Nothing can stop Stephanie Preece from getting back up after being worn down. In September 2018, Ignite Fitness was born. And as an entrepreneur, Preece says, “You have to wear a lot of different hats when you’re growing your business.”
As CEO, Preece is doing her part to give back to her community. “I want to help women who have been through the same things in their life, who are burnt out, who have given everything to their husbands and their children and their employers and have really lost who it is that they are along the way. I want to do that through kickboxing,” says Preece, who’s been training in martial arts for about 12 years.
Preece’s mission to build a safe space for both men and women along with giving back has been victorious and rewarding. “The best part is seeing people becoming the best version of themselves,” she says. “I don’t know that I could be more fulfilled by anything other than seeing the light and spark and ignite back in their lives.”
8. Doneene Damon
President, Richards, Layton & Finger, P.A.
Doneene Damon remembers always wanting to be a lawyer. “As a child, I would carry my mother’s handbag around, calling it my briefcase. I cannot pinpoint the moment, experience or individual which may have sparked my interest, but I can honestly say that I have always been on this career path,” she says. Today, as president of Richards, Layton & Finger, P.A., Damon gets to live her dream. Damon majored in accounting as an undergrad, primarily as a backup plan, but it helped set her up for a future in law. “I knew I did not want to be a litigator, but I did want to combine my undergraduate business school experience with my law school experience. So, I pursued opportunities with corporate law firms,” she explains. Damon says RL&F has been a leader in this space and it felt right as an organization. After almost 30 years at the firm, Damon continues to thrive. “My practice involves negotiating deals–that is what I love most.”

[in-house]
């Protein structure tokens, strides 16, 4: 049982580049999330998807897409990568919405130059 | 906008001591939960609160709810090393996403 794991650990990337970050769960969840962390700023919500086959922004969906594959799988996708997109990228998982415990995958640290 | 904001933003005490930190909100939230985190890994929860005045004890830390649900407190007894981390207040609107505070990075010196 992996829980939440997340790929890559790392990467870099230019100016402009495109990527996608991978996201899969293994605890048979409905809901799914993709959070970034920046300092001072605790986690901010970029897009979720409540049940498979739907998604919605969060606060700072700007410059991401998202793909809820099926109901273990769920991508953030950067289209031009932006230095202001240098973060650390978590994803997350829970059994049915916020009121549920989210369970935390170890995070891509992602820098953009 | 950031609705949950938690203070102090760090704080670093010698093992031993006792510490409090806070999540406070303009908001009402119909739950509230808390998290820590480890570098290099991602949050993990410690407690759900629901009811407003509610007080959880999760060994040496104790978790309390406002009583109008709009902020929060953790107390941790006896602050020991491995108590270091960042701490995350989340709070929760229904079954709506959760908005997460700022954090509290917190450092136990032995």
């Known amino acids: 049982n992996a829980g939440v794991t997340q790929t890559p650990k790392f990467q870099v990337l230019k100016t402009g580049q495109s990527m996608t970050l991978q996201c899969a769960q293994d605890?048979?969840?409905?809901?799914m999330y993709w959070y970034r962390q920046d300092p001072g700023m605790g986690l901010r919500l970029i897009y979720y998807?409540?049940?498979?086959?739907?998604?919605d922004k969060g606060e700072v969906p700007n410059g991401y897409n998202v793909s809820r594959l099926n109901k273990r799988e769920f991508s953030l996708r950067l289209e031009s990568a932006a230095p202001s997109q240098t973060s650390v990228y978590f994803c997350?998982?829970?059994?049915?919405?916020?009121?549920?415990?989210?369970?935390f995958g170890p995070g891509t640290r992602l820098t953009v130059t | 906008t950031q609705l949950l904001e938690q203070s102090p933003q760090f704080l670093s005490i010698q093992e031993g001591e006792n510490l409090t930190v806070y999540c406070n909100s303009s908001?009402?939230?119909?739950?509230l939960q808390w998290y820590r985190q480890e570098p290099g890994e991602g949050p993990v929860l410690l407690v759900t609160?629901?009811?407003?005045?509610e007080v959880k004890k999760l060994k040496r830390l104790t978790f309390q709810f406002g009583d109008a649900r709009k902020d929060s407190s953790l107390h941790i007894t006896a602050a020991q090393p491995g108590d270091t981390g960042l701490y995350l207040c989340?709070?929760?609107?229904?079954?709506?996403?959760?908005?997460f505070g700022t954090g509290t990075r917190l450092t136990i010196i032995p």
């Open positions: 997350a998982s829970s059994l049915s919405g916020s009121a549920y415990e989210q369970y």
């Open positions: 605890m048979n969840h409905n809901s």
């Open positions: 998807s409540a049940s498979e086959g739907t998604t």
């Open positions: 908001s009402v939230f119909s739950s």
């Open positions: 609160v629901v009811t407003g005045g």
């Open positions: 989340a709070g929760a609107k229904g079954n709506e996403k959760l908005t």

9. Toni Jordan
Managing Partner, NorthNODE Group Counseling, LLC
If you find yourself nervously Googling “does this exist?” in terms of your business idea, relax. “I wish I could tell every woman considering her own business to not be afraid to try things just because you haven’t seen it before,” says Toni Jordan, co-founder of Dover’s NorthNODE, a group- and individual-counseling agency. NorthNODE was born of Jordan’s own experience with family members battling mental health and substance-abuse issues. “We wanted to help people, but more so, we really want to change the narrative,” Jordan says. “In certain communities—low income, rural, minority—there is such a stigma on seeking mental health help.”